Abdullah MZ, Vaughan DA, Watanabe H, Okuno K (1996) The origin of weedy rice in Peninsular Malaysia. MARDI Res J 24:169–174 Google Scholar

2.

Abraham CT, Jose N (2015) Weedy rice invasion and its management. Indian J Weed Sci 47:216–223 Google Scholar

3.

Ahmad-Hamdani MS, Juraimi AS, Mazlan N (2015) Herbicide resistant weeds in Malaysian rice fields: will weedy rice become the next candidate? Page 13 in Proceedings of the 25th Asian Pacific Weed Science Society Conference on “Weed Science for Sustainable Agriculture, Environment and Biodiversity.” Hyderabad, India: Asian Pacific Weed Science Society Google Scholar

4.

Akasaka M, Ushiki J, Iwata H, Ishikawa R, Ishii T (2009) Genetic relationships and diversity of weedy rice (Oryza sativa L.) and cultivated rice varieties in Okayama Prefecture, Japan. Breeding Sci 59:401–409 Google Scholar

5.

Andres A, Fogliatto S, Ferrero A, Vidotto F (2014) Susceptibility to imazamox in Italian weedy rice populations and Clearfield® rice varieties. Weed Res 54:492–500 Google Scholar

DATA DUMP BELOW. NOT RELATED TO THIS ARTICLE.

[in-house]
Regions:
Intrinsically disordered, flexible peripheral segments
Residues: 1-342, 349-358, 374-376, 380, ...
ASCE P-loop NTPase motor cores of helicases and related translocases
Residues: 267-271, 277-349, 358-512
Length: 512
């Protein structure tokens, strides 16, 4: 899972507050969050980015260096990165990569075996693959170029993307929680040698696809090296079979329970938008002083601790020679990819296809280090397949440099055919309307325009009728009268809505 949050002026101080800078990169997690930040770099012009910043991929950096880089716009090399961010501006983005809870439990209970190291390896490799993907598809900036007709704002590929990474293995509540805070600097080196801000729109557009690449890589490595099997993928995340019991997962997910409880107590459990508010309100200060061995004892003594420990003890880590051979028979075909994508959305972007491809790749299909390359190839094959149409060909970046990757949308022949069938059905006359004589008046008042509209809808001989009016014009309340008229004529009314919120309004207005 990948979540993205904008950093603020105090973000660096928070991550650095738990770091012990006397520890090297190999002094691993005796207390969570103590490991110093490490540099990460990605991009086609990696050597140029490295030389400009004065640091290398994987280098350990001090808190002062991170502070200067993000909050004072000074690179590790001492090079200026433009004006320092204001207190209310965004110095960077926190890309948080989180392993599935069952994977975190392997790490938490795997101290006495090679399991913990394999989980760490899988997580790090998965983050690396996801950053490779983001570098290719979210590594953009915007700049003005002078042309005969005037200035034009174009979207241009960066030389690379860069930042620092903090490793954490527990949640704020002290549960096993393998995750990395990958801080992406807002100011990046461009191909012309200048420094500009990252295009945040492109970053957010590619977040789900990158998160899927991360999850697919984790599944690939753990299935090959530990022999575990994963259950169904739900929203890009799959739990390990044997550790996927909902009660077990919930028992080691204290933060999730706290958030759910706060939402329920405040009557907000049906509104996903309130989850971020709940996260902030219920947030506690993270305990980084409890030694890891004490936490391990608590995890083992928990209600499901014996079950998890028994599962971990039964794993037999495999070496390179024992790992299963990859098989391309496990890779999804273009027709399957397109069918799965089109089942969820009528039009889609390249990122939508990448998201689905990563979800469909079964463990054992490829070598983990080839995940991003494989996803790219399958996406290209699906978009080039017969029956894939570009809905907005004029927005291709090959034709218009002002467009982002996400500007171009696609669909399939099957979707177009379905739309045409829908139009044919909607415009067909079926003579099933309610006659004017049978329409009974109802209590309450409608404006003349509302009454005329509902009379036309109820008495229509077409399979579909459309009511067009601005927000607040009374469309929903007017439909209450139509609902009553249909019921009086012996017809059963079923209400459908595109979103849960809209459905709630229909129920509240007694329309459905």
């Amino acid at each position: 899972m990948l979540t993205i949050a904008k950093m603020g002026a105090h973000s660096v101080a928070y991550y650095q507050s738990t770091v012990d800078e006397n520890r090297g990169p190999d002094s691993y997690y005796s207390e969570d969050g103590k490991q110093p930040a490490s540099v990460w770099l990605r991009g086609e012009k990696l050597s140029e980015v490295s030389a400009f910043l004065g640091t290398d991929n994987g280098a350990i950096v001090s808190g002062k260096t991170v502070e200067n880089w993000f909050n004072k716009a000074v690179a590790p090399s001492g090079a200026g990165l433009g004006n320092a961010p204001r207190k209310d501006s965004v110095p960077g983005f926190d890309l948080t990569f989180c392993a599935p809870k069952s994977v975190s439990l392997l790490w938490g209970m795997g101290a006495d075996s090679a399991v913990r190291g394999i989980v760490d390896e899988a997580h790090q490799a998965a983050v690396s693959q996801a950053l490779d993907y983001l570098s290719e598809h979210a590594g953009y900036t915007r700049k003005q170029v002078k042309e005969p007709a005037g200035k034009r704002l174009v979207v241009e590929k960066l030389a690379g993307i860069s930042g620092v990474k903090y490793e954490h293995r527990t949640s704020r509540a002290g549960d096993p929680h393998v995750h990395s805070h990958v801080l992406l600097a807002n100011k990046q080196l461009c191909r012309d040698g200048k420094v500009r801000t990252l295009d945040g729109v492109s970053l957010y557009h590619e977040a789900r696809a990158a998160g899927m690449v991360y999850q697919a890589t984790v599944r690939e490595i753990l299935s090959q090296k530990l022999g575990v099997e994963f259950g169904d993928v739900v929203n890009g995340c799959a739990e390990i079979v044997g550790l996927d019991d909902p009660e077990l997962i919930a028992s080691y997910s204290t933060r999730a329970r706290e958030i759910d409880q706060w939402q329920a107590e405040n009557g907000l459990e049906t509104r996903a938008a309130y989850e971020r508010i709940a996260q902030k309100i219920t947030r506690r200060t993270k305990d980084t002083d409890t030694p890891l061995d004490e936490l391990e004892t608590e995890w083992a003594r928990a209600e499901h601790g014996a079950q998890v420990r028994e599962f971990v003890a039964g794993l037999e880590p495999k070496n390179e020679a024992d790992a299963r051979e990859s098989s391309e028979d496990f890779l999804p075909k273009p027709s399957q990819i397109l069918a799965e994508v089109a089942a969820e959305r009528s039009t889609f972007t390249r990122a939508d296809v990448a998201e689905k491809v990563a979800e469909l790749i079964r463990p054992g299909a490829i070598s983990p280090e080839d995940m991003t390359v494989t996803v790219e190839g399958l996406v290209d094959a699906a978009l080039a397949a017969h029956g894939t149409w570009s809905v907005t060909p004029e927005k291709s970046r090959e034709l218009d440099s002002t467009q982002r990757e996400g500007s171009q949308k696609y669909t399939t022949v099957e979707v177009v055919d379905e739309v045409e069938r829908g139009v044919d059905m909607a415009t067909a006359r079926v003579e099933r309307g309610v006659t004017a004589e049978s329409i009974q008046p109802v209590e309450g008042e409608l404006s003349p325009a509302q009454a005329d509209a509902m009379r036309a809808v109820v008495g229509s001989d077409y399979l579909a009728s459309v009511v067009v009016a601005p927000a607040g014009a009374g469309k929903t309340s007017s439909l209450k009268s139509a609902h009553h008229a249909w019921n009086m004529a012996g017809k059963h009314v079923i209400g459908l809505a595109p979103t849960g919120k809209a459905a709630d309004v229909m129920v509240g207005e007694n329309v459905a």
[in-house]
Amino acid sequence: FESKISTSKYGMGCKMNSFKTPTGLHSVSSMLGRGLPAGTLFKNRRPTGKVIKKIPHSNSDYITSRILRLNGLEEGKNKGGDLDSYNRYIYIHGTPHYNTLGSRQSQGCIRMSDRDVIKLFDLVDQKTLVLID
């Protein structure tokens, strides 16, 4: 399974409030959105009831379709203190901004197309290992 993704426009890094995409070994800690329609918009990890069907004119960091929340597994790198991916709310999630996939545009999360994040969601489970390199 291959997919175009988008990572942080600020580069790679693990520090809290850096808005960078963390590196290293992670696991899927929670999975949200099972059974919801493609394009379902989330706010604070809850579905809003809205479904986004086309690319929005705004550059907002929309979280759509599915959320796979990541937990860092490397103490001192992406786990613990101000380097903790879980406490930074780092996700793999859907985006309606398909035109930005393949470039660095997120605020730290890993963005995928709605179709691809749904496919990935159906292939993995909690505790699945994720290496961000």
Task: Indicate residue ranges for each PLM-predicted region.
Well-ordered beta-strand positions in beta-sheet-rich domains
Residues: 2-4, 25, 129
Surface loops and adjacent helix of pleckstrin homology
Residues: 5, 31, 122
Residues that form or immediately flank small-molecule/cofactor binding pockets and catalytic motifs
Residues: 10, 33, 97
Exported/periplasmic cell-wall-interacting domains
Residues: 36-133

6.

Arya SR, Ameena M (2015) Weedy rice—an emerging threat to paddy production. Int J Appl Pure Sci Agric 1:22–28 Google Scholar

7.

Avila LA, Noldin JA, Mariot CH, Massoni PF, Fipke MV, Gehrke VR., Merotto A, Tomita FM, Matos AB, Facioni G, Vieira EB (2021) Status of weedy rice (Oryza sativa L.) infestation and management practices in Southern Brazil. Weed Sci, 10.1017/wsc.2021.24 Google Scholar

8.

Azmi M, Abdullah MZ (1998) A Manual for the Identification and Control of Padi Angin (Weedy Rice) in Malaysia. Kuala Lumpur: MARDI Publications. 18 p Google Scholar

9.

Azmi M, Abdullah MZ, Mislamah B, Baki BB (2000) Management of weedy rice (Oryza sativa L.): the Malaysian experience. Pages 91–96 in Baki BB, Chin DV, Mortimer M, eds. Wild and Weedy Rice in Rice Ecosystems in Asia – a Review. Limited Proceedings No. 2. Los Baños, Philippines: International Rice Research Institute Google Scholar

10.

Azmi M, Azlan S, Chew SE, George TV, Lim FW, Hadzim K, Yim KM (2012a) Sistem Pengeluaran Clearfield untuk mengawal padi angin. Kuala Lumpur: MARDI Rep 214. 15 p Google Scholar